Nikolai Cathedral, Ochanomizu
This Meiji-era Ochanomizu Bridge was erected in 1891 across the Kanda River. It was thirty-eight meters high and 7-meters wide, and remained standing until felled by the 1923 Great Kanto Earthquake, and was replaced in 1931 with the present-day bridge structure.
“One of the finest and best-built bridges in the metropolis is that known as Ochanomizu-bashi, a beautiful and lofty iron arch which spans the canal running between Hongo and Kanda, and connects the two districts by a broad roadway from the top of Surugadai. This used, forty or fifty years ago [i.e., pre-Meiji ca. 1860], to be one of the most noted places in Tokyo, as it is still one of the most picturesque.
“On the flank of the steep slope there formerly a famous unagi-ya, or eel restaurant, with eels are served up in various styles. One day, some ten decades ago, a visitor came to restaurant. After having eating sparingly, he began to inspect the house and garden with evident interest and finally made a rough of the place. That same night, a thief broke into the restaurant and managed to get off a large quantity of booty. Suspicion of course alighted on the inquisitive visitor of the foregoing day, so that when a week or so later, he again made his appearance the police were informed and he, to his great astonishment, was promptly arrested.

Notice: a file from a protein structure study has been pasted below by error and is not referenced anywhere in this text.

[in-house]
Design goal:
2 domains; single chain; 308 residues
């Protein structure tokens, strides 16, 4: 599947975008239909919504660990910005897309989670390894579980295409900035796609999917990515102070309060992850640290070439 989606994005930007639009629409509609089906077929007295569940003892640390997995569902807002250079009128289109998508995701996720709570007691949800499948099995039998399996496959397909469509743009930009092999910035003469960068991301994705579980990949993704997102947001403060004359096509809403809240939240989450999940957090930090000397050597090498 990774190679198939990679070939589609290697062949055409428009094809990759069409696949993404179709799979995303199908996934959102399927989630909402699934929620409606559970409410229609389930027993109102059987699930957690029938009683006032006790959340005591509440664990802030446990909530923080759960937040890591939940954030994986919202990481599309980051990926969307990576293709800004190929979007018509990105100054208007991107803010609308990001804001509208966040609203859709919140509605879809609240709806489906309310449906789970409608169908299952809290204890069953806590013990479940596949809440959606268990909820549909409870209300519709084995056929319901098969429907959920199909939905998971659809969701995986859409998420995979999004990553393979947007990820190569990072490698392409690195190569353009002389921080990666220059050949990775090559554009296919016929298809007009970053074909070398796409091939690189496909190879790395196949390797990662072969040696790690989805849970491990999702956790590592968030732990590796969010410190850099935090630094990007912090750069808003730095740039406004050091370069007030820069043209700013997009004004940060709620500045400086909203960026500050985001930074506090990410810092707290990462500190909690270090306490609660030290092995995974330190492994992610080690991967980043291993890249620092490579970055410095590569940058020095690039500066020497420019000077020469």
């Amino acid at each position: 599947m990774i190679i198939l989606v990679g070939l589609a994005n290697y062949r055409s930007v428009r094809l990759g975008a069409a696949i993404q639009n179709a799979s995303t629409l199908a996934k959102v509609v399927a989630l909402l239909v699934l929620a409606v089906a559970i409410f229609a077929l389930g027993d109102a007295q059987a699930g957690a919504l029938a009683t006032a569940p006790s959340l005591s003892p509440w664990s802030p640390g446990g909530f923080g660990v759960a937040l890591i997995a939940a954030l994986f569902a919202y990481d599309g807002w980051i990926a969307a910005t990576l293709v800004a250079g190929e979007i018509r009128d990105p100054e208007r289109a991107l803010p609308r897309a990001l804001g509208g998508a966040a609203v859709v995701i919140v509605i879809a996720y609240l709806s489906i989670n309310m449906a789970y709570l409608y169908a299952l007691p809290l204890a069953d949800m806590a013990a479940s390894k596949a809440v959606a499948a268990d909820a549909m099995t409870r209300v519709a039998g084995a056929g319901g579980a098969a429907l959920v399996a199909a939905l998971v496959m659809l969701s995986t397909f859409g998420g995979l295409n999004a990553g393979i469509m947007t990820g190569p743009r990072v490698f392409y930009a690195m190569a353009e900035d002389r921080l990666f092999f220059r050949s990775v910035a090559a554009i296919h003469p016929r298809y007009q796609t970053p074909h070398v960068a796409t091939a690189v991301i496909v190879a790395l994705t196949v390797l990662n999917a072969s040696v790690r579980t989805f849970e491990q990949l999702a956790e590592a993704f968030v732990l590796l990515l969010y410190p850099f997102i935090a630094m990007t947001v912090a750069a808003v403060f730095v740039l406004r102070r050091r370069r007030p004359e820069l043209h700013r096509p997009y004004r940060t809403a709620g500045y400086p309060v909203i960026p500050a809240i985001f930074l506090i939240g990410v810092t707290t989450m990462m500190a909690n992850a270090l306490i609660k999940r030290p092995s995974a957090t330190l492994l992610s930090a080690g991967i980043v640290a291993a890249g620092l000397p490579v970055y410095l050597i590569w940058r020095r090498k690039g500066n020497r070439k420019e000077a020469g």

“Among the constables a man who knew the prisoner and him at once as being the celebrated artist Hasegawa Settan On his suggestion, Hasegawa asked why he had made his secret sketch and thus brought suspicion on himself. He said that a friend of his, Saito Gesshin, was to publish a guide to Yedo and that he been commissioned to make illustrations for the work. The place had struck him as so picturesque that he had taken several views of the restaurant and its surroundings. This statement found full credence. Hasegawa was immediately released from custody and the master of the restaurant overwhelmed him with apologies for his rudeness. The guide book appeared shortly thereafter and was for many years a standard work.”
– The Japan Daily Mail, April 6, 1895